The Sustainable Development Goals represent humanity’s shared commitment to achieve ambitious global gains for people and the planet by 2030. Of the SDG’s 17 goals and 169 targets, not a single one is detached from the implications and potential of digital technology. From ending extreme poverty, to promoting inclusive economic growth and decent work, to reducing maternal mortality, to achieving universal literacy and numeracy and doubling the productivity of small farmers – progress is intertwined with the use of digital technology and new forms of digital cooperation.11
However, technological solutions are not enough. Diverse political systems, history, culture, resource constraints and other factors which have marginalised far too many people, are – and will continue to be – of critical importance. The application of technology must be aligned with investments in human capital, infrastructure and environmental protection. Widening access to digital technologies is necessary, but not sufficient. Access needs to be affordable to be meaningful. Special efforts are needed to remove barriers for marginalised groups who often face a double bind: they already face discrimination in its many analogue forms and are least likely to be connected. Pre-existing forms of marginalisation should not be perpetuated or aggravated in the digital sphere.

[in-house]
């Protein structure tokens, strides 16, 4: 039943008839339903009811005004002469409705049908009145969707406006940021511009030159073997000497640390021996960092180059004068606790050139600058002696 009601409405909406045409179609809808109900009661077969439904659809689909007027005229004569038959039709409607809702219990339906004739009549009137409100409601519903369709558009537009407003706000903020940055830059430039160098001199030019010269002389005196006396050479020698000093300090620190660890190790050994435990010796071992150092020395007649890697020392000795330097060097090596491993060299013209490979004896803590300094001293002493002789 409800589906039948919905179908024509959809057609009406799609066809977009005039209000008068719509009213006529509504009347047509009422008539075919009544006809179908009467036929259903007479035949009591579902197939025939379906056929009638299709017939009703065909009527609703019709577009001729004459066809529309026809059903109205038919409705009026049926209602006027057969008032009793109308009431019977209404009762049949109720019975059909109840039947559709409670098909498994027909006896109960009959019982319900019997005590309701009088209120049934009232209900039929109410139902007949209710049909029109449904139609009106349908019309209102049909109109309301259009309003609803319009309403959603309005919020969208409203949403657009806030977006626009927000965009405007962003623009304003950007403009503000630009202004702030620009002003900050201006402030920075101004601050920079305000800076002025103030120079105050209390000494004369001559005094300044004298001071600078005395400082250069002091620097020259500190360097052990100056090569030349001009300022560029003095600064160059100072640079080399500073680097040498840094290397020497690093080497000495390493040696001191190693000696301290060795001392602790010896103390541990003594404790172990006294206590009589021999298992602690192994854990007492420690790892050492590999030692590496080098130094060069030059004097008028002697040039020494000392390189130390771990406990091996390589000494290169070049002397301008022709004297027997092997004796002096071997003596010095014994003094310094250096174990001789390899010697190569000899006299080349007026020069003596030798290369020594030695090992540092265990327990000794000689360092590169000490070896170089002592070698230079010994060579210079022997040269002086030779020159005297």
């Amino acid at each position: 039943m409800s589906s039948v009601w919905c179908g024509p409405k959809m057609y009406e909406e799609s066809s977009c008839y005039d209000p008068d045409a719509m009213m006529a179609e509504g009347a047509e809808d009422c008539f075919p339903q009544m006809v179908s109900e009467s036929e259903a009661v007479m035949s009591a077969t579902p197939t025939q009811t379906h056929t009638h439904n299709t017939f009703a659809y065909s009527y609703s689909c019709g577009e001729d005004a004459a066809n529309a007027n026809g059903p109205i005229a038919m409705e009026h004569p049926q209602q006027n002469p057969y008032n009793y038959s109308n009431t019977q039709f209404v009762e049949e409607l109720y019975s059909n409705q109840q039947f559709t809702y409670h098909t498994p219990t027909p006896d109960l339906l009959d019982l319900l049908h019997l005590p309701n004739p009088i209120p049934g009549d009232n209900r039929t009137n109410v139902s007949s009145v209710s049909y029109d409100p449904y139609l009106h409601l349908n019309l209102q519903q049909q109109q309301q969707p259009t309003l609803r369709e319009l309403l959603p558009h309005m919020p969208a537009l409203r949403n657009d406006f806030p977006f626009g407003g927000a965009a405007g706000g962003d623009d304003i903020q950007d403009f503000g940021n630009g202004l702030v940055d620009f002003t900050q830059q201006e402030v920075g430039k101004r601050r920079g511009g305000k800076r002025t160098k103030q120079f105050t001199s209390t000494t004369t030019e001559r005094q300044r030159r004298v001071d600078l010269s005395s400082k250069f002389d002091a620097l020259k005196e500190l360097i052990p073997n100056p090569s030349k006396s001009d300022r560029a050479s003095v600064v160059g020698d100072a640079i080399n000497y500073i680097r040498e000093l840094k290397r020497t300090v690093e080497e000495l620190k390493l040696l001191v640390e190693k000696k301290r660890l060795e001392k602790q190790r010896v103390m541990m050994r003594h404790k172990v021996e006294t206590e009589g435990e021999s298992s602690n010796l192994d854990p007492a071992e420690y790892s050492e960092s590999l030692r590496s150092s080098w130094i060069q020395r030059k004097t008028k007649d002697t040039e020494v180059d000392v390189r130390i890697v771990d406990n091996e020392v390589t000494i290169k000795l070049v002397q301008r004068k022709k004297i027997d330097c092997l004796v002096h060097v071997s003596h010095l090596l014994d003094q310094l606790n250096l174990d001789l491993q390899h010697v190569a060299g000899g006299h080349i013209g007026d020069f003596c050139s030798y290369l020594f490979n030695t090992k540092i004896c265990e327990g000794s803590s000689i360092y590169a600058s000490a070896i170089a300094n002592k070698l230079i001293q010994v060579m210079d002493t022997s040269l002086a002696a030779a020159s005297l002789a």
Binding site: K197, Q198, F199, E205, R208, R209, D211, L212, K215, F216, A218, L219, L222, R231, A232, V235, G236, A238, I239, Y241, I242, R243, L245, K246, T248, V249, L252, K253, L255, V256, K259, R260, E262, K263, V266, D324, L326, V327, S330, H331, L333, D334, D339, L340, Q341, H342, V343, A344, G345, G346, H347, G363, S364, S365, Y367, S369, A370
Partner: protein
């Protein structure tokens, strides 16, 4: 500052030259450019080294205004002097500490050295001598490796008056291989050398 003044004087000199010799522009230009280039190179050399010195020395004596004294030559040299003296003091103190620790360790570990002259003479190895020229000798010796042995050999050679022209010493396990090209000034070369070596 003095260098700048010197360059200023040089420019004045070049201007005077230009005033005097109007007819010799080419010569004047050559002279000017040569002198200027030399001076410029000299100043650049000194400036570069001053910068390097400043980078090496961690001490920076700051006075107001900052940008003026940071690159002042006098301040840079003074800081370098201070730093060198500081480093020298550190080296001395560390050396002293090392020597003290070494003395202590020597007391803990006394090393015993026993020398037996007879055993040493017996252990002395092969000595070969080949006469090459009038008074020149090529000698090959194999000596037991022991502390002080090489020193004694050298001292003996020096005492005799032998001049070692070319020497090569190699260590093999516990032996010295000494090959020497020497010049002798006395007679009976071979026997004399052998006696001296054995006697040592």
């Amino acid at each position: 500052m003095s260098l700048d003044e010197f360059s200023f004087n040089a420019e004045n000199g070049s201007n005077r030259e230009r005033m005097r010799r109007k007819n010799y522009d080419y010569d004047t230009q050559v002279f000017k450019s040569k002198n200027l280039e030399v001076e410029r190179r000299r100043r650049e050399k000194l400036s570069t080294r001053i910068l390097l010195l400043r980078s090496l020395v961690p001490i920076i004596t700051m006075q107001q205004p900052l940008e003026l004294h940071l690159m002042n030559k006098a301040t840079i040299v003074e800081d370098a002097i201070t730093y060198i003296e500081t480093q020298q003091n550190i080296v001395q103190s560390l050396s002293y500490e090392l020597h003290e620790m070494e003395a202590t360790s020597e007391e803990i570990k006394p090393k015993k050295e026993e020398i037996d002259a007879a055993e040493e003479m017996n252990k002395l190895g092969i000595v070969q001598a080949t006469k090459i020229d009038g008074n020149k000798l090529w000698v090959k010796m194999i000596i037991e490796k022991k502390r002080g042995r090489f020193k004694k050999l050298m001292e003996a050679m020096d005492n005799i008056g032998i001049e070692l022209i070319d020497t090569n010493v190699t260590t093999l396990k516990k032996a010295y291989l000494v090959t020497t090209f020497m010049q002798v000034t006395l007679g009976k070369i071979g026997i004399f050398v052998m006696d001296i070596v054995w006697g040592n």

Success will require a commitment by all involved stakeholders to hard work and learning over many years about how to broaden opportunity and build truly inclusive economies and societies. We believe that there is significant room for digital technology and improved cooperation to contribute to these efforts.